Alopecurus pratensis

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Author: TunyaLee Morisawa, Global Invasive Species Team, The Nature Conservancy

A. pratensis
Scientific Name
Alopecurus pratensis
Common Names
meadow foxtail, common foxtail

General Description

Alopecurus pratensis has short rhizomes. Tufts can be loose or compact with erect, flat leafblades standing 30-80 cm tall. The leaves are narrow (2-6 mm wide). The plants are bisexual.[1] Flowers are produced from about May through June and produce copious amounts of fluffy seed. Seedheads are similar to timothy hay but are smaller. If temperatures are not too low, the grass will stay green and continue to grow over winter.

Stewardship summary

Meadow foxtail is primarily cultivated as a meadow or pasture grass, used for hay in the wetlands of Europe, sown for grass in southern Canada and in the Pacific regions of the United States. Practically all seeds for domestic use are collected in the mountainous meadows of Oregon. Since the 1940s, A. pratensis has grown in importance as a grazing grass in Canada, the U.S., and Japan.

Natural history

Cultivation of meadow foxtail has occurred for as long as 250 years. Alopecurus pratensis was brought to North America in the late 1800s by an immigrant from eastern Europe.[2] Now a perennial bunchgrass naturalized throughout the temperate regions in the world, A. pratensis is well adapted to such areas as the Pacific Northwest and Alaska. In the U.S. this plant can be found from Alaska, south into Delaware, Missouri, Montana, Idaho and Oregon. A native of northern Europe, northern Asia and south to North Africa, this grass is one of the earliest spring producers in the U.K.

Meadow foxtail is tolerant of a range of environmental conditions and grows well in areas with 35-176 cm of annual precipitation, at temperatures ranging from 4.4-14.8°C, and pH’s ranging from 4.5-7.5. Alopecurus pratensis can be grown in USDA zones 4-9. Although A. pratensis is tolerant of cold and high temperatures, it grows best in shady, cool, moist, temperate areas on deep, fertile soils. Alopecurus pratensis can endure flooding by fresh or brackish water and is often described as a facultative wetland species. Meadow foxtail can be found in fields, grasslands and even waste places where it provides food and cover for wildlife.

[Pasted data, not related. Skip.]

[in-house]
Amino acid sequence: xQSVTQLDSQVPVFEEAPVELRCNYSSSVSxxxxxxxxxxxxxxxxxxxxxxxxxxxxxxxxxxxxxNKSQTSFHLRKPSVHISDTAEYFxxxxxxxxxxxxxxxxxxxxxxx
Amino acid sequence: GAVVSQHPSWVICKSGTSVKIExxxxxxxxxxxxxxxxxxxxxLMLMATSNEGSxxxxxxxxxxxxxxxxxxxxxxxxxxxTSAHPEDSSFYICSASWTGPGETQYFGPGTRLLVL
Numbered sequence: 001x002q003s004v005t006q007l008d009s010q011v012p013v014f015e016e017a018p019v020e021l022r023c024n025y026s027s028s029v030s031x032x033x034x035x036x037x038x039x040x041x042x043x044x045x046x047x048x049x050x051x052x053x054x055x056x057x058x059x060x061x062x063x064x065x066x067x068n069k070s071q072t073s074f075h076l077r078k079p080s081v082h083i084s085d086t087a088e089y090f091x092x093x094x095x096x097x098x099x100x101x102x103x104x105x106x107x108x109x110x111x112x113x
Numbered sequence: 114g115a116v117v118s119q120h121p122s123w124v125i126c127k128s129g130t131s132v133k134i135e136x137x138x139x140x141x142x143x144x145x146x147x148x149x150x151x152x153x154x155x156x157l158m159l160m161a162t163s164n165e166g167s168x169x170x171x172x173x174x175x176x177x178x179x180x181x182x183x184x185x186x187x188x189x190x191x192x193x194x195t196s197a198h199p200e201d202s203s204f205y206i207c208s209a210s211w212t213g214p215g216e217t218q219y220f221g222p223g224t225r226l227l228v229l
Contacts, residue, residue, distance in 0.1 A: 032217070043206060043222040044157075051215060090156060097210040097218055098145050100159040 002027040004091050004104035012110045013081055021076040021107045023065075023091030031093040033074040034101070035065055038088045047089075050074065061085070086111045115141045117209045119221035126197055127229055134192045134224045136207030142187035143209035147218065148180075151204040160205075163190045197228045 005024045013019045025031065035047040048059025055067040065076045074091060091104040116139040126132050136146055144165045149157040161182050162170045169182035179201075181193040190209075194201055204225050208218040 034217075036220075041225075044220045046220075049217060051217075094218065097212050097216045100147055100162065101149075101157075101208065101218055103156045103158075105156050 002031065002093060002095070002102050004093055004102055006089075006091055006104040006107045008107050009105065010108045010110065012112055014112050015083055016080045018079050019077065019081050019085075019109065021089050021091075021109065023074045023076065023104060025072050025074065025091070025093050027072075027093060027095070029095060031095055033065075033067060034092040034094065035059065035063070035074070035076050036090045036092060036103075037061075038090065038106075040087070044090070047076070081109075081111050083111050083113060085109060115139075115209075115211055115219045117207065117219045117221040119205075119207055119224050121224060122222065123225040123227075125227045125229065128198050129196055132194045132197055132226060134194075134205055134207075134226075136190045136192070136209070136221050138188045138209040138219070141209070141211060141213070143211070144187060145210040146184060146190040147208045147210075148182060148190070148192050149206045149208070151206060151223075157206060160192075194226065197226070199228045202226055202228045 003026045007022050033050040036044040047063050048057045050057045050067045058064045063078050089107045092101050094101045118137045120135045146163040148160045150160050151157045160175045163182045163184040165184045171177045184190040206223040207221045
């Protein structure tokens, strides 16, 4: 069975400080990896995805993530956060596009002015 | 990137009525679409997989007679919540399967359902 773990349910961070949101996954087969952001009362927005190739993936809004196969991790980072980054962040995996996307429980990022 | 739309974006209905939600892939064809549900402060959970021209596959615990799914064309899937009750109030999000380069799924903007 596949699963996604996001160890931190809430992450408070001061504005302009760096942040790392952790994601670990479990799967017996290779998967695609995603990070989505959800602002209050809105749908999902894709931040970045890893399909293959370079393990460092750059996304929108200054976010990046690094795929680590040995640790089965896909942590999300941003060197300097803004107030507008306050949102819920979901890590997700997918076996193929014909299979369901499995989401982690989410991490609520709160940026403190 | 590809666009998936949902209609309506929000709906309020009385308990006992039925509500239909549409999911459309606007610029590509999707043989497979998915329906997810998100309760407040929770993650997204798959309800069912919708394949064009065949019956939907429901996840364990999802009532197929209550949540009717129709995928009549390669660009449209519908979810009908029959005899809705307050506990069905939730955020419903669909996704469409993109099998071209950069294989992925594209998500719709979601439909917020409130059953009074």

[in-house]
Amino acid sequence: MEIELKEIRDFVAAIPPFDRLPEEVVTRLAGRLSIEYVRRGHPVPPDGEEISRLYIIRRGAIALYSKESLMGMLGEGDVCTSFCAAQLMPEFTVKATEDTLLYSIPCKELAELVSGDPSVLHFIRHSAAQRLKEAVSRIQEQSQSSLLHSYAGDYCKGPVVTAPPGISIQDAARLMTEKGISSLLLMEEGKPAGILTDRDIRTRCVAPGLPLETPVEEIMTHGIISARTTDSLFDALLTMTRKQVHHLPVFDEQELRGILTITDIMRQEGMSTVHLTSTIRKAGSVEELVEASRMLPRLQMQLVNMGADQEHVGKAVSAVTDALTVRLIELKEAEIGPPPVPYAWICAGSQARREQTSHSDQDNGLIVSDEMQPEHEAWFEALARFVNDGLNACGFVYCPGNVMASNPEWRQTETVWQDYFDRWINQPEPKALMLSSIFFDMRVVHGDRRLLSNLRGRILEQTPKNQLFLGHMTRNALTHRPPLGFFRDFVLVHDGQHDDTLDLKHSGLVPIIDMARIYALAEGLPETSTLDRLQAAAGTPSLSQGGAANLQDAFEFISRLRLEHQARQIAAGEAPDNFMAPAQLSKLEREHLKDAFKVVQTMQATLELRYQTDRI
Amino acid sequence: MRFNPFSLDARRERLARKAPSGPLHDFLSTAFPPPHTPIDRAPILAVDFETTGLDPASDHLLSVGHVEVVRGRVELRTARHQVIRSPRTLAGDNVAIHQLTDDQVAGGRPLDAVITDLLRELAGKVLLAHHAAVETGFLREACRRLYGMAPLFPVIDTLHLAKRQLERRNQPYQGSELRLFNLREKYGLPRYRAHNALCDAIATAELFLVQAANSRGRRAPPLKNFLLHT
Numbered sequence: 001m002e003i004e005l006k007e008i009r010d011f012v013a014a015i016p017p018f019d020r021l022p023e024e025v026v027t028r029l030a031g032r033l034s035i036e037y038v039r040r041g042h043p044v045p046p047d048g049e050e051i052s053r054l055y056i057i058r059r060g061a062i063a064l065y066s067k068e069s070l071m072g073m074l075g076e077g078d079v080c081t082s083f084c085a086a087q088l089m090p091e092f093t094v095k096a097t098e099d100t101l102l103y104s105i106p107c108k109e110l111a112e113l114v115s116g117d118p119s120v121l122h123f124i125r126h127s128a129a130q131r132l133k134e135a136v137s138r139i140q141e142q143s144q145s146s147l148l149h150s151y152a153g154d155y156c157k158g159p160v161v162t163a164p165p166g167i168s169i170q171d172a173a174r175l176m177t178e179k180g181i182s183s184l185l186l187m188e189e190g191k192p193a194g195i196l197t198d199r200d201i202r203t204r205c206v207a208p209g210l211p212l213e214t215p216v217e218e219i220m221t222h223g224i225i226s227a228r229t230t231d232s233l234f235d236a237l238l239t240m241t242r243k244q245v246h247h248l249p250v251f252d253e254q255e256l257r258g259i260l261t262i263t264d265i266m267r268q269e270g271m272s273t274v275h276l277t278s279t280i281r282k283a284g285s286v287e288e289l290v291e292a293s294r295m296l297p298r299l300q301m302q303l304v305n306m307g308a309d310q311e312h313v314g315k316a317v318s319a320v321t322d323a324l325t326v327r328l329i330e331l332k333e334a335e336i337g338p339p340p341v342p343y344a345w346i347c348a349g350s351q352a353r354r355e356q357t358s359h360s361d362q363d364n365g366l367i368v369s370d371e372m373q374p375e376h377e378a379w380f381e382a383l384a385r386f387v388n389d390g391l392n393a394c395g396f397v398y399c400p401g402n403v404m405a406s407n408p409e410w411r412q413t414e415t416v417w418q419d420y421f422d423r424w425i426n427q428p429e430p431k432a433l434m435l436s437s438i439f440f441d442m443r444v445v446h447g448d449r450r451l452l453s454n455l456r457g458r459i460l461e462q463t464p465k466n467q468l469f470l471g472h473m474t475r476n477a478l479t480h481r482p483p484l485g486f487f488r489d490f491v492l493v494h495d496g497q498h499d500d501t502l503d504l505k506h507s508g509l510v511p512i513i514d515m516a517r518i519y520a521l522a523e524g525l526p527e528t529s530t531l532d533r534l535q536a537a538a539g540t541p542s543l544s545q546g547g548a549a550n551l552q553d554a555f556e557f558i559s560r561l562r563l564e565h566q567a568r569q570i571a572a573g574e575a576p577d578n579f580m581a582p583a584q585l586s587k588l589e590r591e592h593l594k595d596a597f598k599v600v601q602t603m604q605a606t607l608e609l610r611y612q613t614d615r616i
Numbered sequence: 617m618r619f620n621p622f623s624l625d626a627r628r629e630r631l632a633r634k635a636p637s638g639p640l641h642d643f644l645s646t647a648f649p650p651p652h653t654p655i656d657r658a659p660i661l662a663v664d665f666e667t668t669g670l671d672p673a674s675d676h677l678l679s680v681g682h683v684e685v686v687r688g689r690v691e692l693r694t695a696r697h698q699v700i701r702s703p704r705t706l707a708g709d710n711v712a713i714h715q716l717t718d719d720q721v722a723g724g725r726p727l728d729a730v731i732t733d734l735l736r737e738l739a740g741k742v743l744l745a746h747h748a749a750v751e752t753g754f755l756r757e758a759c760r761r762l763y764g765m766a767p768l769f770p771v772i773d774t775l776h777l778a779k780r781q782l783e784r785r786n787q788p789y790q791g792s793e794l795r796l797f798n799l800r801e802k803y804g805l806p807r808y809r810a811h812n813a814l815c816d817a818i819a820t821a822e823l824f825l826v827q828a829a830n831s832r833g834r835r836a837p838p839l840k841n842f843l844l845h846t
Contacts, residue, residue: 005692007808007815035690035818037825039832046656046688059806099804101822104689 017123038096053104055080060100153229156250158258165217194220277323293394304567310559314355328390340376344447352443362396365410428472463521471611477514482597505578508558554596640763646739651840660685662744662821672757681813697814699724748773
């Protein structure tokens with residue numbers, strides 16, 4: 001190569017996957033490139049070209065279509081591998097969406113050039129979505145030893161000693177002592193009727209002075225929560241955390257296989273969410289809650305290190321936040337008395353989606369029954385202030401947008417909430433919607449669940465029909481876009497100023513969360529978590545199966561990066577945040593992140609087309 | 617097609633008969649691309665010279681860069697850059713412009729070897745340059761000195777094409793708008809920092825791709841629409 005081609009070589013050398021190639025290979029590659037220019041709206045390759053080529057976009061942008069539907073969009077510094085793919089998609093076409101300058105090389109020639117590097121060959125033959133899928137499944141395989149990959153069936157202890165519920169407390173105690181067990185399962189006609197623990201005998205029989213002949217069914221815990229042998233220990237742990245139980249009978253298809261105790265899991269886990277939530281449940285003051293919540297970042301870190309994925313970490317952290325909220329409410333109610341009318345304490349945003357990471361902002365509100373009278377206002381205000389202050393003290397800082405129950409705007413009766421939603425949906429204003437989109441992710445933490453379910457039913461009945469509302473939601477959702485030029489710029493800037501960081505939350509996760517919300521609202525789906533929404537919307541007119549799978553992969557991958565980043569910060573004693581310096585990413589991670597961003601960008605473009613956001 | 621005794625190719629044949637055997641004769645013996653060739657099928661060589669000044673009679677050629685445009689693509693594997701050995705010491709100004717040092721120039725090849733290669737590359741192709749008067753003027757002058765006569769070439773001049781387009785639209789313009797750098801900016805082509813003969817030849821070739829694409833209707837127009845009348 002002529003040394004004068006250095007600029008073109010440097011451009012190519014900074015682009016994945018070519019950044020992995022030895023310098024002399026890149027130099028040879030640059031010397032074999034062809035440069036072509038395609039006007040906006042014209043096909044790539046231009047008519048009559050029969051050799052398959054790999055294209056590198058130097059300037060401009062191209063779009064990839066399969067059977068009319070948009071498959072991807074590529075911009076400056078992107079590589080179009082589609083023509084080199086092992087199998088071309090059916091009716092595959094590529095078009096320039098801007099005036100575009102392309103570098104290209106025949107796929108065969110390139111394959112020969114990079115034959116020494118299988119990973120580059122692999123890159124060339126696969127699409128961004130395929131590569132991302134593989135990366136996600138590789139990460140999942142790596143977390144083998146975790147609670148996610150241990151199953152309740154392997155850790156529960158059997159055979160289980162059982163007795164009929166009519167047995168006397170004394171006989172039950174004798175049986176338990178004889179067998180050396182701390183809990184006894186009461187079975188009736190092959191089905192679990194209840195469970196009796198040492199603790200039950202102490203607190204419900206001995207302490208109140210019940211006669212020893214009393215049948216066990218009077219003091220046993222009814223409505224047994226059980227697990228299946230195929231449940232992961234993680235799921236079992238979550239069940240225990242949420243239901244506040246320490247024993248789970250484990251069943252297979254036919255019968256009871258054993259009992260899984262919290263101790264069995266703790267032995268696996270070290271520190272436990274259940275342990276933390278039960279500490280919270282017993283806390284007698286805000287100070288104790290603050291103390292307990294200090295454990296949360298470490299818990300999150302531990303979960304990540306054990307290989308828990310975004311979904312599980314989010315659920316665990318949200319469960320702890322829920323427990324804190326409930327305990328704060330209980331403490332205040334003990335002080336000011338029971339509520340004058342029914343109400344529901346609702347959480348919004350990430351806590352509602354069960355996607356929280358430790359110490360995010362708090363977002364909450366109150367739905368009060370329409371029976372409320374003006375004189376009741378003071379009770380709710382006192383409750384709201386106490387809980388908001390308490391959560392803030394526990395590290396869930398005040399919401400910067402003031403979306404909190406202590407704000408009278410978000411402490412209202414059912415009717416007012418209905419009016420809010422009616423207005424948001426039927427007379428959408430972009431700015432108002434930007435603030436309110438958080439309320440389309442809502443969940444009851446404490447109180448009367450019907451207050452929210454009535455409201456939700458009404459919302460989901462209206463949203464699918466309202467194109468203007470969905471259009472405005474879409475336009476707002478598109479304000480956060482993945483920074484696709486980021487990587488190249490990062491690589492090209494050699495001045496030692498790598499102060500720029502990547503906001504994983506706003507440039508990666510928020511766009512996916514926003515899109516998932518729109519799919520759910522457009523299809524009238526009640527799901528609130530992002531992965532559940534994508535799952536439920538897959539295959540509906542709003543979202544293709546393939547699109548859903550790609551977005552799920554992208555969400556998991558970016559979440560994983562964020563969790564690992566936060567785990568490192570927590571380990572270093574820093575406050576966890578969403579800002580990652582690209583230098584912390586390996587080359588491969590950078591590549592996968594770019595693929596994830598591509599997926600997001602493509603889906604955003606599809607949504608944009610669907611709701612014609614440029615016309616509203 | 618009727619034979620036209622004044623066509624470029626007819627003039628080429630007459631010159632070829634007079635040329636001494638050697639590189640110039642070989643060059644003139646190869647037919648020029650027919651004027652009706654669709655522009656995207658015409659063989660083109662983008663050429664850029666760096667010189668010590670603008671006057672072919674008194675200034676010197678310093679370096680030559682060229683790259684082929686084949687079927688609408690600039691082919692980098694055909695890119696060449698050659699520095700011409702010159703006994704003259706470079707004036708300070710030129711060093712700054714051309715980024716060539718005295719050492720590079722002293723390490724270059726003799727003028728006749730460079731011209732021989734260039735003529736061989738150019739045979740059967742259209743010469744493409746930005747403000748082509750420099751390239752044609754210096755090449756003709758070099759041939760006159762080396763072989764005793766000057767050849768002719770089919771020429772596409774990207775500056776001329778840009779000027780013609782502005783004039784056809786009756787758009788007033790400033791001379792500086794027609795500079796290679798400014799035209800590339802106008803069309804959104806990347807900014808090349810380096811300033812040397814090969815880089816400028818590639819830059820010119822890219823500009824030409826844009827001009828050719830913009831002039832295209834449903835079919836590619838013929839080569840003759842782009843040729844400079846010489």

Mechanical Control

No information about pulling was found in the literature. However, the plant does have a short, non-aggressive root system and so pulling by hand or with tools may be possible.

Flooding of the area does not seem to be an option because the grass readily endures periods of flooding by fresh or brackish water. A study in Iceland observed that the percentage of Alopecurus geniculatus in a mixed grassland increased as the soil moisture increased. Alopecurus geniculatus was also found more often on bog soils than andosoils or sandy soils.[3]

Alopecurus pratensis is somewhat drought tolerant however, if the soil moisture is low the grass remains short and the leaf tissue suffers heavily from desiccation. However, it was observed that these plants produced more seed heads.[4]


Alopecurus pratensis has been grown as a forage crop and so cutting and grazing may provide little control. As meadow foxtail matures, it becomes less palatable to cattle and other grasses tend to be eaten.[2] However, in Iceland early spring grazing decreased the percentage of A. pratensis in a mixed species grass field.[3]

Chemical Control

Research done in the 1970s found that glyphosate (1.0 kg/ha) applied in August provided 100% reduction of A. pratensis in a mixed sward.[5] Other research demonstrated that there was some toxicity to A. pratensis from dicamba. Dicamba was applied at 1.5 kg (no acreage was listed for the sprayed sites). 2,4-D amine (3 kg/ha) and 2,4-D butyl ester (2 kg/ha) did little damage to meadow foxtail.[6] Steve Hart, a weed specialist at Rutgers Cooperative Extension, suggested applying herbicides to A. pratensis late summer to early fall and before tillering of the plant occurs. Hart suggested the use of the herbicides sethoxidon and fluazifop. Use an oil adjuvent and non-ionic surfactant with sethoxidon to enhance plant absorption. Do not apply fluazifop near water as it can be toxic to fish and aquatic invertebrates.

Information sources


  1. Cheng, C.F. 1946. Self-fertility studies in three species of commercial grasses. Journal of the American Society of Agronomy 38(10):873-881.
  2. Kline, P., K. Broersma, S.B.M. Wright and L.M. Rode. 1993. Meadow foxtail a production guide.Agriculture Canada Publication No. 1890-E, 22pp. 2.0 2.1
  3. Thorvaldsson, G. Botanical Composition of Icelandic Grass Fields. Acta Agric. Scandinavica Section B Soil and Plant Science, v.46, n.2, 1996:121-127. 3.0 3.1
  4. Fairey, N.A. 1991. Effects of nitrogen fertilizer, cutting frequency, and companion legume on herbage production and quality of four grasses. Can. J. Plant Sci. 71:717-725.
  5. Oswald, A.K. 1976. The effects of seasonal applications of glyphosate on a mixed sward. Proceedings 1976 British Crop Protection Conference - Weeds.
  6. Morozova, I.K. and T.P. Gladkova. 1978. The influence of herbicides on the pasture quality of a natural meadow. Khimiya v Selskom Khozyaistve 16(2):44-47.

Source document

Weed Notes: Alopecurus pratensis; TunyaLee Morisawa, 1999.

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